reply to post by swan001
Quantum Units Wild Guess
“In order to change an existing paradigm you do not struggle to try and change the problematic model. You create a new model and make the old one
obsolete.” ― Richard Buckminster Fuller
In my model, which is not likely to have anything to do with a change in paradigm, lol, the proton’s presence (three quarks if you like) is
literally composed of the high density spots that form at the overlap of the multiple quantum standing waves within the proton.
They are spherical waves that are bursting out of high density spots (HDSs), expanding spherically, overlapping, and forming new HDSs within the
proton. It is a continual process where the wave energy out flow that escapes the proton from the surface spherically (equal in all directions) is
replaced by wave energy arriving at the surface (directionally) from the out flow of wave energy from other particles. Thus the presence of the proton
is maintained by the inflowing and out flowing standing wave action.
Let’s say that we can freeze the quantum action process that has established the presence of a proton. That freeze frame will contain a finite
number of spherical quantum waves in overlap positions within the proton. Each overlap is a high density spot in my jargon. There are a finite number
of high density spots within the particle space where the spherical waves have overlapped at the moment of the freeze frame. That close configuration
of high density spots (lattice-like) has stability because there is no niche on the surface for any additional surface quanta or high density spots,
i.e. the surface wave energy out flow is equal to the wave energy inflow in a stable energy density environment, like at rest. (Increase the energy of
the environment and there are more surface quanta, hypothetically.)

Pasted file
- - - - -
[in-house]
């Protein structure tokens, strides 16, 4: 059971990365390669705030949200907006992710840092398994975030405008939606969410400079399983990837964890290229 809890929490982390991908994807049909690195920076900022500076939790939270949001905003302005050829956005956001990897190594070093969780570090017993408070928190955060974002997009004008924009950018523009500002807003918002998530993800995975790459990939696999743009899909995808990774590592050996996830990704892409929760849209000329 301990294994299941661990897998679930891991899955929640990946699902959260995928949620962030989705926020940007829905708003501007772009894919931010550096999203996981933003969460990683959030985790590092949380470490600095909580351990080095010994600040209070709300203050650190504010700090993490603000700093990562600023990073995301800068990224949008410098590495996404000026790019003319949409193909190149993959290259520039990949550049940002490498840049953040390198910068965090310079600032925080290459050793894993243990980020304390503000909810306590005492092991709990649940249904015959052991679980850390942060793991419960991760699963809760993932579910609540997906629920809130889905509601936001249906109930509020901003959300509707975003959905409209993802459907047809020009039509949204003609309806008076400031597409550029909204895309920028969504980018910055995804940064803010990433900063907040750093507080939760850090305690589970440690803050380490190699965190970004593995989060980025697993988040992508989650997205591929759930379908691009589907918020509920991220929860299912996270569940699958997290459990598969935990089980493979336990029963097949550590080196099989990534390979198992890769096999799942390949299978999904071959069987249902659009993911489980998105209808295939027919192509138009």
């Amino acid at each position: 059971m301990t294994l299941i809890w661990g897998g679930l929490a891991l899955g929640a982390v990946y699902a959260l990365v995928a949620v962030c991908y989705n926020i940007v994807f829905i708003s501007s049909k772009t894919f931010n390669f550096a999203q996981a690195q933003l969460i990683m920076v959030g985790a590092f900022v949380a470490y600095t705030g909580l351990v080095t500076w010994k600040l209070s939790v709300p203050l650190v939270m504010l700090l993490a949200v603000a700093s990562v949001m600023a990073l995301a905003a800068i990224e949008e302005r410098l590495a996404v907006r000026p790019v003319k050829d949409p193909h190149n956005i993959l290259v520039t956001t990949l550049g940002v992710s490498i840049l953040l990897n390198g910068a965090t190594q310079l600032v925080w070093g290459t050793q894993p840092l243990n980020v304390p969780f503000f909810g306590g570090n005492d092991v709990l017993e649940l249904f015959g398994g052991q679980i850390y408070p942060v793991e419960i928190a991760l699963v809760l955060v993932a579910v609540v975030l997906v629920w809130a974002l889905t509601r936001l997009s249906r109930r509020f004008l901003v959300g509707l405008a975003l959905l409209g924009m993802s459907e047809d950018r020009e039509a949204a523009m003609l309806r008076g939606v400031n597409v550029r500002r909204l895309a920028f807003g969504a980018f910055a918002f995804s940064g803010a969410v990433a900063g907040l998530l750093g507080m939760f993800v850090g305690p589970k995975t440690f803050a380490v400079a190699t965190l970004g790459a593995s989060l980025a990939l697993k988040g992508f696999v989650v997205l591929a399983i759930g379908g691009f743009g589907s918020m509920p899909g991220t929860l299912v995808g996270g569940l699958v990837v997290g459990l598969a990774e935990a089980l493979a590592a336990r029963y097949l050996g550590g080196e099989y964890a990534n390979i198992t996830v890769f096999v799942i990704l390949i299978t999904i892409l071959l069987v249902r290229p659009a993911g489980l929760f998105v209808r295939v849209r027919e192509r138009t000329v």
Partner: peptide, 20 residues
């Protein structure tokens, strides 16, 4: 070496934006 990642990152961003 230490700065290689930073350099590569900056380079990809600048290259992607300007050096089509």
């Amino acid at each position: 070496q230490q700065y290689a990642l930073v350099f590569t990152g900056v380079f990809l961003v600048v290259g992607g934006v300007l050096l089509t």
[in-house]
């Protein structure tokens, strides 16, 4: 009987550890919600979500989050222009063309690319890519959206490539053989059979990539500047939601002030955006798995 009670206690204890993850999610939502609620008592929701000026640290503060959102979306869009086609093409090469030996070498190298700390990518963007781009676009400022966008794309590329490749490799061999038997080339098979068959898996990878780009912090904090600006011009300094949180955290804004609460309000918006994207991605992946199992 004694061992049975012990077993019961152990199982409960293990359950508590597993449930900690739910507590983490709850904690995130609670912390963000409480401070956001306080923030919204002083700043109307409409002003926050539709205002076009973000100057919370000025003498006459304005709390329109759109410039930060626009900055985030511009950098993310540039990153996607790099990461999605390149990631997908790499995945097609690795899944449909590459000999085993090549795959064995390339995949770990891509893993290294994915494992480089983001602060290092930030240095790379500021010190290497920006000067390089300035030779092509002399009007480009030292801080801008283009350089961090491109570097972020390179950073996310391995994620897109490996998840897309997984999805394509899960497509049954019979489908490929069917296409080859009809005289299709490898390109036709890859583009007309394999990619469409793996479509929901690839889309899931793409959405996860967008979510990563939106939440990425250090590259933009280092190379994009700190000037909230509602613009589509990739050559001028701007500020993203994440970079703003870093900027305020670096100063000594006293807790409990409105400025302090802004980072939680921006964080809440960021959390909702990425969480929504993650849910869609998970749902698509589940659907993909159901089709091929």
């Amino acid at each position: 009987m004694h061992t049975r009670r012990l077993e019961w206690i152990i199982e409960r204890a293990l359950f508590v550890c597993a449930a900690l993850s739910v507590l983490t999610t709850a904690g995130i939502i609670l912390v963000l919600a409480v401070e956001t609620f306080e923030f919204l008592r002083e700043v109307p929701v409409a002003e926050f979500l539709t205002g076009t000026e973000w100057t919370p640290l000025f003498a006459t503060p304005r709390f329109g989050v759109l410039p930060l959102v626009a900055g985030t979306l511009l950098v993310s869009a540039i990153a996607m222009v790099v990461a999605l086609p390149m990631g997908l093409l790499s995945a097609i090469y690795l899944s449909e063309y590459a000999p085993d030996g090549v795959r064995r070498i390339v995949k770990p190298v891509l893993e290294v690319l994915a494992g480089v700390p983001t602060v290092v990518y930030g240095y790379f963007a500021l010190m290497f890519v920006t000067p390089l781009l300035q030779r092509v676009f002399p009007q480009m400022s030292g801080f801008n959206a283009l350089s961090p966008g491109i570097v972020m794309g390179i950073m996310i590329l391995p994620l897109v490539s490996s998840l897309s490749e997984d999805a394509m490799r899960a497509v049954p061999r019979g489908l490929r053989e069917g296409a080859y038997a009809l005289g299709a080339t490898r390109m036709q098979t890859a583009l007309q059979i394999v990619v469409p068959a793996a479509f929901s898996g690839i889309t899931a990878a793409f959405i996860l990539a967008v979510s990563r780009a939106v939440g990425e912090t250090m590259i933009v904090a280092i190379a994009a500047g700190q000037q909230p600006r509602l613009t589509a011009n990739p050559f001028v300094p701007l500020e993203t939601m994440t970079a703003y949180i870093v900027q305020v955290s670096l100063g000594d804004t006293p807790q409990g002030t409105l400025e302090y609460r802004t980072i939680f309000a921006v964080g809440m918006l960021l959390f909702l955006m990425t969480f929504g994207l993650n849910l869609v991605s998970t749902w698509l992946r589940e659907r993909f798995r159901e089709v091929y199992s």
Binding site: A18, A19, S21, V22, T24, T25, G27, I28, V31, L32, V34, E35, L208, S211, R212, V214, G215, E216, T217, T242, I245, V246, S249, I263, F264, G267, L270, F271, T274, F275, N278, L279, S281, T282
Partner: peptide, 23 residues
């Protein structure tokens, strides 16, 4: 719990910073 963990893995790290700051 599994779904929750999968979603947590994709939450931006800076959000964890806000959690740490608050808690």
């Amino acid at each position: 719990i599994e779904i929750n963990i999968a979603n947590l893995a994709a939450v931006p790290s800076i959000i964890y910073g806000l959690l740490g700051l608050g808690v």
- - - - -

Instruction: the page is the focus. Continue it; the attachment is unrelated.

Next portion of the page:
The question is, from what we know about the proton at rest, and from what I speculate about the process of quantum action at the foundational level,
can we derive a ball park figure or even a wild guess of the number of high density spots (or shall we say quantum compression units) within a proton
lattice?
In this exercise you might point out that the units of measure don’t work unless we define the whole exercise in terms of a new unit, i.e. a
speculative “quantum compression unit” that occupies an average amount of space per quanta in the freeze frame or lattice view inside a proton. We
are not talking about energy in joules for example because the units of measure wouldn’t work. Each quantum unit is a quantum of wave energy, not
only the individual spherical waves, but the high density spots that accumulate a full quantum and burst into new spherical waves. So the number of
quantum units would be the total number of spherical wave intersections that are present as hypothetically represented by the high density spots that
form and burst into quantum waves. Supposedly we could count the HDSs in a freeze frame of the proton, and if we could we would know the total energy
in quantum compression units of a proton at rest.
Wouldn't it be nice to have such a freeze frame and the ability to look inside the proton and see if it is composed of a vast number of quanta and
count the high density spots?
This hypothetical exercise is to put some perspective on the number of energy quanta in a proton and an electron at rest to quantify my idea of the
composition of a lattice of quantum units within a stable particle. For simplicity we will call these “average quantum compression units” which
simply occupy the space within the proton; a quantum unit would consist of one high density spot at the overlap of multiple spherical quantum waves.
This can also be thought of as the wave energy in quanta in a volume of space occupied by the proton accounted for unit by unit in a whole number. I
am proposing the following widely speculative guess at the number of these quantum units within the space occupied by a proton.
I am using the approximate ratio of the rest energy of an electron vs. a proton, which is 1/1836, to equate the number of quantum units in the proton
to the number of units in the electron and to give me some basis or connection to mainstream science.
In addition, I am supposing that the number of quantum units in an electron is equal to the number of quanta at the surface of the proton for various
reasons, but for this exercise that is just to have a relationship to allow us to do the calculations. That relationship is simply the result of
brainstorming with others the idea of doing this exercise in the past.
Area/Volume = (4 pi r^2)/(4/3 pi r^3) = 3/r = 1/1836,
therefore r=3*1836 = 5508, thus the radius of the proton is equal to 5508 quantum units.
4 pi r^2 = surface area of a sphere
4/3 pi r^3 = volume of a sphere
pi = 3.14159265
Quantum units in an electron = 381,239,356
Quantum units in a proton = 699,955,457,517
I'll just call it 400 million and 700 billion respectively, or even just hundreds of millions and hundreds of billions respectively :shrug:.